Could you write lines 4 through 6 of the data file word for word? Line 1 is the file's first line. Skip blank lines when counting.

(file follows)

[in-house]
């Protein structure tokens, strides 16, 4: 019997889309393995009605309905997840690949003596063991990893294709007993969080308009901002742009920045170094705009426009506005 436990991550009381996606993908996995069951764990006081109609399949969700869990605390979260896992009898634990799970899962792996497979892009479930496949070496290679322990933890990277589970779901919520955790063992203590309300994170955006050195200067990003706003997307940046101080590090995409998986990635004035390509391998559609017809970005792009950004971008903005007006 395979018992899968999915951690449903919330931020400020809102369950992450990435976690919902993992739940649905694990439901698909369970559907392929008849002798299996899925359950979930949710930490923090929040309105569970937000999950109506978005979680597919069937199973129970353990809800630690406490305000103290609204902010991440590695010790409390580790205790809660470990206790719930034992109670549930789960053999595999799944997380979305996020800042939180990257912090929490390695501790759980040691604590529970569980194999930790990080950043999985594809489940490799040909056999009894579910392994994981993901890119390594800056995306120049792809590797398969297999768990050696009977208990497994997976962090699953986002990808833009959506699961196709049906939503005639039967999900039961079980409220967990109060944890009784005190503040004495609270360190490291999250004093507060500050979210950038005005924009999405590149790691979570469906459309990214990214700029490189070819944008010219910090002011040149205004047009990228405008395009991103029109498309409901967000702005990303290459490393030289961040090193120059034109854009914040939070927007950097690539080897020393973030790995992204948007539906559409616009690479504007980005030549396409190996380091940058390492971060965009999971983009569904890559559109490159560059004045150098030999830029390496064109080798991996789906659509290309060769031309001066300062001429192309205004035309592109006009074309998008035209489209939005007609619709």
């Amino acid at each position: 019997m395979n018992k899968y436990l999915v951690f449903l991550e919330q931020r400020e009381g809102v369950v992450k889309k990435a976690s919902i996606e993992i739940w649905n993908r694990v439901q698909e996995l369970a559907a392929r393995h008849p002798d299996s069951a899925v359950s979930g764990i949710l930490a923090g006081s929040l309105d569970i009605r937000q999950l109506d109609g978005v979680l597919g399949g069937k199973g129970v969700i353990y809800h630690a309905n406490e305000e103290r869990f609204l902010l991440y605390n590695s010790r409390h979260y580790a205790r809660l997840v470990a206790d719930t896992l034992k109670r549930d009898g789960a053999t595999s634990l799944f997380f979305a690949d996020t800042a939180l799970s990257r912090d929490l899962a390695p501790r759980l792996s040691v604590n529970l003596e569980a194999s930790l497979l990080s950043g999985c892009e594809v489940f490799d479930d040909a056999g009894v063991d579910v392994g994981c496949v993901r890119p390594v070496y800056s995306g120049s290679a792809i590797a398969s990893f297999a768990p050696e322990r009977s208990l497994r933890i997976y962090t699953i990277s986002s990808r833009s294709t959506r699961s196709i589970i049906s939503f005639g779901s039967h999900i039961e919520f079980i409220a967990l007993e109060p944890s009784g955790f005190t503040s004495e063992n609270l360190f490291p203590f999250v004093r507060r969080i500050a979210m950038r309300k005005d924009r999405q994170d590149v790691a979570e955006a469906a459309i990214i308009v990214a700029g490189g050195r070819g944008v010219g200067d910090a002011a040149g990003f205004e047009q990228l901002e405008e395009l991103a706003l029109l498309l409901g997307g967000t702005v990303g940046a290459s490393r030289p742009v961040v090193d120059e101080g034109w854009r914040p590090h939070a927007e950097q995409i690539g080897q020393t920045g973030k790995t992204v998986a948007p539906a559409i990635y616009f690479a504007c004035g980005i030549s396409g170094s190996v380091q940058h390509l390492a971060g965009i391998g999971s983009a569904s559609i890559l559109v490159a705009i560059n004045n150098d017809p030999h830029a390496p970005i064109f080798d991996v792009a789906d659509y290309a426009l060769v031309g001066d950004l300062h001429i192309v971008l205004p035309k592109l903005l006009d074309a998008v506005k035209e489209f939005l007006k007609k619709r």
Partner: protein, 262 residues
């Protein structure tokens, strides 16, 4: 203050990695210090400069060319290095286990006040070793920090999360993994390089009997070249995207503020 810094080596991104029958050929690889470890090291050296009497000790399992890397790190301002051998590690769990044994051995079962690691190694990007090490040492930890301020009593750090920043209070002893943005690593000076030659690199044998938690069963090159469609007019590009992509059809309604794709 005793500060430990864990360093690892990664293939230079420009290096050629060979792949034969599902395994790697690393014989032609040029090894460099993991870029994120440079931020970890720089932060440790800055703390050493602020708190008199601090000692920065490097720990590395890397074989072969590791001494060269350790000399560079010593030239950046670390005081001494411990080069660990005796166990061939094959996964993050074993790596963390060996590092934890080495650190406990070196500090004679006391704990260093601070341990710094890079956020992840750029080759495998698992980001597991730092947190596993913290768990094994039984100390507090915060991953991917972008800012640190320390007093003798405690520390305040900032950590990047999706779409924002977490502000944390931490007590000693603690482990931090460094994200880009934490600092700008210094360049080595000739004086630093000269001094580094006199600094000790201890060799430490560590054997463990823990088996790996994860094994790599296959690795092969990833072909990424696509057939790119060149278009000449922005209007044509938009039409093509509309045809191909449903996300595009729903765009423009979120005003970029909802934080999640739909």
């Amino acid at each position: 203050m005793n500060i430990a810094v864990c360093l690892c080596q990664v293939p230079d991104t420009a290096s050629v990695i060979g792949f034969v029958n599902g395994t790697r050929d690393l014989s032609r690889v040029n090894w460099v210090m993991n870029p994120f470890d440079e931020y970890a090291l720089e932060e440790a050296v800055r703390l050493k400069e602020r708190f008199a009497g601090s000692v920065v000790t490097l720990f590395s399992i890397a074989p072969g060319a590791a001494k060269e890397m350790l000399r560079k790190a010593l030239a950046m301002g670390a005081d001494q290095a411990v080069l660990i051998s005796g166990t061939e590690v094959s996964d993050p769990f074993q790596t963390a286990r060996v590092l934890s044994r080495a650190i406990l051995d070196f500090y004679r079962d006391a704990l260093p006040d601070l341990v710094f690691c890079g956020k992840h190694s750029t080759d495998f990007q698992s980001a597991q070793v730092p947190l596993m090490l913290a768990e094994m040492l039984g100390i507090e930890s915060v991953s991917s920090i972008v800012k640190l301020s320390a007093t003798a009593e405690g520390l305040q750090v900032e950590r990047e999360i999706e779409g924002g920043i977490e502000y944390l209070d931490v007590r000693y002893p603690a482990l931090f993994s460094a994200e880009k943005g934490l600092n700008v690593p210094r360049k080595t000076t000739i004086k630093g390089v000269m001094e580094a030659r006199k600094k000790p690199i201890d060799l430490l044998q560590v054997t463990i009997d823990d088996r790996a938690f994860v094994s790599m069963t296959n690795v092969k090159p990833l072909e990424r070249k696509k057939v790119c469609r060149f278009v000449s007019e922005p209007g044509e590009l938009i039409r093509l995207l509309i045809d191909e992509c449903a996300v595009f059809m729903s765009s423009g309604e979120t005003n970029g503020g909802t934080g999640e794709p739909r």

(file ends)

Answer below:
Partner: protein, 262 residues
């Protein structure tokens, strides 16, 4: 203050990695210090400069060319290095286990006040070793920090999360993994390089009997070249995207503020 810094080596991104029958050929690889470890090291050296009497000790399992890397790190301002051998590690769990044994051995079962690691190694990007090490040492930890301020009593750090920043209070002893943005690593000076030659690199044998938690069963090159469609007019590009992509059809309604794709 005793500060430990864990360093690892990664293939230079420009290096050629060979792949034969599902395994790697690393014989032609040029090894460099993991870029994120440079931020970890720089932060440790800055703390050493602020708190008199601090000692920065490097720990590395890397074989072969590791001494060269350790000399560079010593030239950046670390005081001494411990080069660990005796166990061939094959996964993050074993790596963390060996590092934890080495650190406990070196500090004679006391704990260093601070341990710094890079956020992840750029080759495998698992980001597991730092947190596993913290768990094994039984100390507090915060991953991917972008800012640190320390007093003798405690520390305040900032950590990047999706779409924002977490502000944390931490007590000693603690482990931090460094994200880009934490600092700008210094360049080595000739004086630093000269001094580094006199600094000790201890060799430490560590054997463990823990088996790996994860094994790599296959690795092969990833072909990424696509057939790119060149278009000449922005209007044509938009039409093509509309045809191909449903996300595009729903765009423009979120005003970029909802934080999640739909």
């Amino acid at each position: 203050m005793n500060i430990a810094v864990c360093l690892c080596q990664v293939p230079d991104t420009a290096s050629v990695i060979g792949f034969v029958n599902g395994t790697r050929d690393l014989s032609r690889v040029n090894w460099v210090m993991n870029p994120f470890d440079e931020y970890a090291l720089e932060e440790a050296v800055r703390l050493k400069e602020r708190f008199a009497g601090s000692v920065v000790t490097l720990f590395s399992i890397a074989p072969g060319a590791a001494k060269e890397m350790l000399r560079k790190a010593l030239a950046m301002g670390a005081d001494q290095a411990v080069l660990i051998s005796g166990t061939e590690v094959s996964d993050p769990f074993q790596t963390a286990r060996v590092l934890s044994r080495a650190i406990l051995d070196f500090y004679r079962d006391a704990l260093p006040d601070l341990v710094f690691c890079g956020k992840h190694s750029t080759d495998f990007q698992s980001a597991q070793v730092p947190l596993m090490l913290a768990e094994m040492l039984g100390i507090e930890s915060v991953s991917s920090i972008v800012k640190l301020s320390a007093t003798a009593e405690g520390l305040q750090v900032e950590r990047e999360i999706e779409g924002g920043i977490e502000y944390l209070d931490v007590r000693y002893p603690a482990l931090f993994s460094a994200e880009k943005g934490l600092n700008v690593p210094r360049k080595t000076t000739i004086k630093g390089v000269m001094e580094a030659r006199k600094k000790p690199i201890d060799l430490l044998q560590v054997t463990i009997d823990d088996r790996a938690f994860v094994s790599m069963t296959n690795v092969k090159p990833l072909e990424r070249k696509k057939v790119c469609r060149f278009v000449s007019e922005p209007g044509e590009l938009i039409r093509l995207l509309i045809d191909e992509c449903a996300v595009f059809m729903s765009s423009g309604e979120t005003n970029g503020g909802t934080g999640e794709p739909r």